Phone: 315 464-HOPE (4673)
The Upstate Cancer Center is committed to the psychological well-being of patients and family members. When faced with a cancer diagnosis patients can feel overwhelmed and frightened. As part of our spectrum of multi-disciplinary cancer care within Upstate we offer psychosocial oncology services to our patients throughout the process of cancer diagnosis, treatment, and survivorship.
The mission of our Psychosocial Oncology Program is to provide quality and comprehensive care to promote the health and well-being of cancer patients at Upstate Cancer Center, the community, and region. Our vision is to raise the standard of psychosocial cancer care across the Cancer Center and be a resource to the community through clinical service, education, and research.
A cancer diagnosis can disrupt many areas of life for a patient and their loved ones. We are here during this challenging time to support you through your experience with decisions and treatment to help provide a more informed and empowered position.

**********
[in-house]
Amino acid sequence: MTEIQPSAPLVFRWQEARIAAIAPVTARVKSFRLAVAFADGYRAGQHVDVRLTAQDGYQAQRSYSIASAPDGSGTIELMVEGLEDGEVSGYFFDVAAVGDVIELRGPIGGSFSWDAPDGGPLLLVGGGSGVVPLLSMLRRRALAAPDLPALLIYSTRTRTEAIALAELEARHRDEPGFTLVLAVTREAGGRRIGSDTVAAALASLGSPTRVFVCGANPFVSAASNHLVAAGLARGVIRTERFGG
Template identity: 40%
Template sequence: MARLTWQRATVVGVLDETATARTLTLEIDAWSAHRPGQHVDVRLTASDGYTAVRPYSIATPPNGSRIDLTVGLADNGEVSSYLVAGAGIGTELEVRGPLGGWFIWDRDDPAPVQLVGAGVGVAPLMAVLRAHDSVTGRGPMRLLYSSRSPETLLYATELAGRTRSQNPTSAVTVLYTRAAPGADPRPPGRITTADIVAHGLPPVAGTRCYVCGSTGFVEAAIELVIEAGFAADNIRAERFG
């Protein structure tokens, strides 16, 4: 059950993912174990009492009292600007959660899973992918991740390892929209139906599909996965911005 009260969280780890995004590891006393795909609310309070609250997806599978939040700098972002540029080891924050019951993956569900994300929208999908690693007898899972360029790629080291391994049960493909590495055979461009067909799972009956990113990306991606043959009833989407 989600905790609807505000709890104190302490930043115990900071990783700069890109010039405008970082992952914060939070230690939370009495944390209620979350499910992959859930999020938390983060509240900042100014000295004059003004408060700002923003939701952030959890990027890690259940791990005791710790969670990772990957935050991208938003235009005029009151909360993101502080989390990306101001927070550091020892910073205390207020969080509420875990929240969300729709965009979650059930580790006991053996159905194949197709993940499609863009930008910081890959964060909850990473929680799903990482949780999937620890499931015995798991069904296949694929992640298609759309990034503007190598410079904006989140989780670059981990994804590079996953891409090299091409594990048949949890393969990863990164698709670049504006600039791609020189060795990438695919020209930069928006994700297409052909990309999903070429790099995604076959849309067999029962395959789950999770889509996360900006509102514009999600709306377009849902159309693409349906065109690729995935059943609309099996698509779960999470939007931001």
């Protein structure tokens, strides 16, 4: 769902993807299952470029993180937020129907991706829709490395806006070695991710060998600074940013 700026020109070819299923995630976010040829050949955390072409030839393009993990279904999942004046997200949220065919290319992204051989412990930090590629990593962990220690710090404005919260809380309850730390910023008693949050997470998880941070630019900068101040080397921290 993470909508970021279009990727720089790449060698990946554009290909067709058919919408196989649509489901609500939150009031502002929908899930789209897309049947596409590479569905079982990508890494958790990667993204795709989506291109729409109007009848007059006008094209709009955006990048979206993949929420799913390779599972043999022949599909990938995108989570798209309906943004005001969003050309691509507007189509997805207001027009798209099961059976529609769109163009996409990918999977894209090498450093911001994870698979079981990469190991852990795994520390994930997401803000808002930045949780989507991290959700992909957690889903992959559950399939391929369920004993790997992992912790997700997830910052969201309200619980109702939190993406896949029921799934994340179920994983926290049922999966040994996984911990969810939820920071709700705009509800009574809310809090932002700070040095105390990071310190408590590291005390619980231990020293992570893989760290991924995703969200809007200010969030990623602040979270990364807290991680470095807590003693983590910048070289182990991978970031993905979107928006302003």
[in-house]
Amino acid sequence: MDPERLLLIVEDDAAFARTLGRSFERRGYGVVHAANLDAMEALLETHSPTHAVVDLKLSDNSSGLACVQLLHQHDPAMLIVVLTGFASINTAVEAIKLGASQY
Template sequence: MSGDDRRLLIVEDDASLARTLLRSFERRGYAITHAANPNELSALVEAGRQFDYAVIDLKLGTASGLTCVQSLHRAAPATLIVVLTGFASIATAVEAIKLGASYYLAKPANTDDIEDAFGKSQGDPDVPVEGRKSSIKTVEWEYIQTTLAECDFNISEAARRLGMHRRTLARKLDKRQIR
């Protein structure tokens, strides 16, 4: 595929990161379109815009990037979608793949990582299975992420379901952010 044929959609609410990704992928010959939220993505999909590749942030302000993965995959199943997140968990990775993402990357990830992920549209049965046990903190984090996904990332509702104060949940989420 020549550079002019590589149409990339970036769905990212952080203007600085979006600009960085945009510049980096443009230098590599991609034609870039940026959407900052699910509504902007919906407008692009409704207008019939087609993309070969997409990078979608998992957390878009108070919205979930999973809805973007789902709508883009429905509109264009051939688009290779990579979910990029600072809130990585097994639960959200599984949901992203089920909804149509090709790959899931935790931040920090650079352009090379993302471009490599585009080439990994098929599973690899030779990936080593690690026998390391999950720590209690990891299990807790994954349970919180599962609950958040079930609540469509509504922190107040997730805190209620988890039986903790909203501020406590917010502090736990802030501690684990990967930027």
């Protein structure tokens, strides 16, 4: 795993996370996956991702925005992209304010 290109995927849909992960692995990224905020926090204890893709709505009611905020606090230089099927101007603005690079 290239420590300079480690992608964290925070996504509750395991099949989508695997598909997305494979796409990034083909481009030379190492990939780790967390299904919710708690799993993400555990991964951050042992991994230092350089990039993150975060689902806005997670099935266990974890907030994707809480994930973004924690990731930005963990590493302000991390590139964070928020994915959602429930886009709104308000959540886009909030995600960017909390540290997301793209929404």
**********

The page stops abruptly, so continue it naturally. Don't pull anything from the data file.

What is Psychosocial Oncology?
What to Expect
The Psychosocial Oncology Program includes a psychologist and a psychology graduate clinician from Syracuse University. Typically, we will schedule an appointment for an initial evaluation. This appointment will be different from other sessions in that we will ask you questions about what you are currently experiencing and discuss treatment goals for therapy. This visit can last up to 50 minutes. At the end of this session, we will discuss a treatment plan and any possible referrals that may provide additional support. Follow-up sessions typically are 30-50 minute sessions, meeting for an average of 6-8 sessions every 2-4 weeks. These appointments are billed through your medical insurance. We offer individual, family, and couples therapy options, with group therapy coming soon.
We are currently conducting telehealth appointments via video or telephone.
Examples of Available Support for Patients
- Coping with cancer
- Struggling to make treatment decisions
- End-of-life concerns including anxiety over death or preparing for death
- Quality of life concerns
- Poor social support or struggles communicating with social support system
- Substance use impacting cancer treatment
- Struggling with self-esteem, body image, or sexuality post-surgery/treatment